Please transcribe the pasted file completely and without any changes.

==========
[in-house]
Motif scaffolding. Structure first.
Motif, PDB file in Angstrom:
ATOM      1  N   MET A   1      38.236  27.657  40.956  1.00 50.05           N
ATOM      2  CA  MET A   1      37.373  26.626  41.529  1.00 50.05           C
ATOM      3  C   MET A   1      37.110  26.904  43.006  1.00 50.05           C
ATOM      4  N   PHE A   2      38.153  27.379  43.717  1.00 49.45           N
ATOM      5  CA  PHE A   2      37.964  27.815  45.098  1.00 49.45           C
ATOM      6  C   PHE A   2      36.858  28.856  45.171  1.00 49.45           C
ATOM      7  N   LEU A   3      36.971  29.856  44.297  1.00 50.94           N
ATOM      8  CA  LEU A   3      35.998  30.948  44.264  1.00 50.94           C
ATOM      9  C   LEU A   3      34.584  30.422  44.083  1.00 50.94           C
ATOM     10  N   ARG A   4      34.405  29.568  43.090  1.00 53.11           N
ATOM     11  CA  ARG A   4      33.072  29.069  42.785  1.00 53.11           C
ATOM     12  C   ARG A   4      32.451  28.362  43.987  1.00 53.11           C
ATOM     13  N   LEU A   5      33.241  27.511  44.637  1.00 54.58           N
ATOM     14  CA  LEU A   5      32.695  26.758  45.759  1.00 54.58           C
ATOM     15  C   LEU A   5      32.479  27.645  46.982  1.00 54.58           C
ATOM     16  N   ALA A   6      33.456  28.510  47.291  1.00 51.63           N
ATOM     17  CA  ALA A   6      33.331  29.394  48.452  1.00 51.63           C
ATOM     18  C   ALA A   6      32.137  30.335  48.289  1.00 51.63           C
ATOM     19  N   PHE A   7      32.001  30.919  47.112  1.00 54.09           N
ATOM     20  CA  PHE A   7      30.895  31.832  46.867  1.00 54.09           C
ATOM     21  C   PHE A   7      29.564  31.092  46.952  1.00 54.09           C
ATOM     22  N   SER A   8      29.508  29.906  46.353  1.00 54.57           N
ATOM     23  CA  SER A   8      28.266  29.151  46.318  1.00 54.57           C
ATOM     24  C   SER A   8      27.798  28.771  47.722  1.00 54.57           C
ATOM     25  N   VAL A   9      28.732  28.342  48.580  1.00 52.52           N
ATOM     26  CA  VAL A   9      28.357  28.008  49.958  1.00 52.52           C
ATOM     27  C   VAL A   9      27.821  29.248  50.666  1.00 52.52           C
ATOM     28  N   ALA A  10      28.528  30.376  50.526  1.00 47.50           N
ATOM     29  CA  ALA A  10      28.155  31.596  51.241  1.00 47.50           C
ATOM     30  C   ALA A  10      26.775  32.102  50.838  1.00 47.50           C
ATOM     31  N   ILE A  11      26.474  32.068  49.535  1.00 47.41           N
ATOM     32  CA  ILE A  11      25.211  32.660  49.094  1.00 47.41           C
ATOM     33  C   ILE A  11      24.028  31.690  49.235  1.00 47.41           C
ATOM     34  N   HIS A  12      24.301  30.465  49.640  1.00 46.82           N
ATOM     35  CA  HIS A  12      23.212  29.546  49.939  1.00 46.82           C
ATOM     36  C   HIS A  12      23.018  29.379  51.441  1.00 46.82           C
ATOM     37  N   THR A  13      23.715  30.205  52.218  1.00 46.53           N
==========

[in-house]
Motif scaffolding. Structure first.
Motif, PDB file in Angstrom:
ATOM      1  N   MET A   1      38.236  27.657  40.956  1.00 50.05           N
ATOM      2  CA  MET A   1      37.373  26.626  41.529  1.00 50.05           C
ATOM      3  C   MET A   1      37.110  26.904  43.006  1.00 50.05           C
ATOM      4  N   PHE A   2      38.153  27.379  43.717  1.00 49.45           N
ATOM      5  CA  PHE A   2      37.964  27.815  45.098  1.00 49.45           C
ATOM      6  C   PHE A   2      36.858  28.856  45.171  1.00 49.45           C
ATOM      7  N   LEU A   3      36.971  29.856  44.297  1.00 50.94           N
ATOM      8  CA  LEU A   3      35.998  30.948  44.264  1.00 50.94           C
ATOM      9  C   LEU A   3      34.584  30.422  44.083  1.00 50.94           C
ATOM     10  N   ARG A   4      34.405  29.568  43.090  1.00 53.11           N
ATOM     11  CA  ARG A   4      33.072  29.069  42.785  1.00 53.11           C
ATOM     12  C   ARG A   4      32.451  28.362  43.987  1.00 53.11           C
ATOM     13  N   LEU A   5      33.241  27.511  44.637  1.00 54.58           N
ATOM     14  CA  LEU A   5      32.695  26.758  45.759  1.00 54.58           C
ATOM     15  C   LEU A   5      32.479  27.645  46.982  1.00 54.58           C
ATOM     16  N   ALA A   6      33.456  28.510  47.291  1.00 51.63           N
ATOM     17  CA  ALA A   6      33.331  29.394  48.452  1.00 51.63           C
ATOM     18  C   ALA A   6      32.137  30.335  48.289  1.00 51.63           C
ATOM     19  N   PHE A   7      32.001  30.919  47.112  1.00 54.09           N
ATOM     20  CA  PHE A   7      30.895  31.832  46.867  1.00 54.09           C
ATOM     21  C   PHE A   7      29.564  31.092  46.952  1.00 54.09           C
ATOM     22  N   SER A   8      29.508  29.906  46.353  1.00 54.57           N
ATOM     23  CA  SER A   8      28.266  29.151  46.318  1.00 54.57           C
ATOM     24  C   SER A   8      27.798  28.771  47.722  1.00 54.57           C
ATOM     25  N   VAL A   9      28.732  28.342  48.580  1.00 52.52           N
ATOM     26  CA  VAL A   9      28.357  28.008  49.958  1.00 52.52           C
ATOM     27  C   VAL A   9      27.821  29.248  50.666  1.00 52.52           C
ATOM     28  N   ALA A  10      28.528  30.376  50.526  1.00 47.50           N
ATOM     29  CA  ALA A  10      28.155  31.596  51.241  1.00 47.50           C
ATOM     30  C   ALA A  10      26.775  32.102  50.838  1.00 47.50           C
ATOM     31  N   ILE A  11      26.474  32.068  49.535  1.00 47.41           N
ATOM     32  CA  ILE A  11      25.211  32.660  49.094  1.00 47.41           C
ATOM     33  C   ILE A  11      24.028  31.690  49.235  1.00 47.41           C
ATOM     34  N   HIS A  12      24.301  30.465  49.640  1.00 46.82           N
ATOM     35  CA  HIS A  12      23.212  29.546  49.939  1.00 46.82           C
ATOM     36  C   HIS A  12      23.018  29.379  51.441  1.00 46.82           C
ATOM     37  N   THR A  13      23.715  30.205  52.218  1.00 46.53           N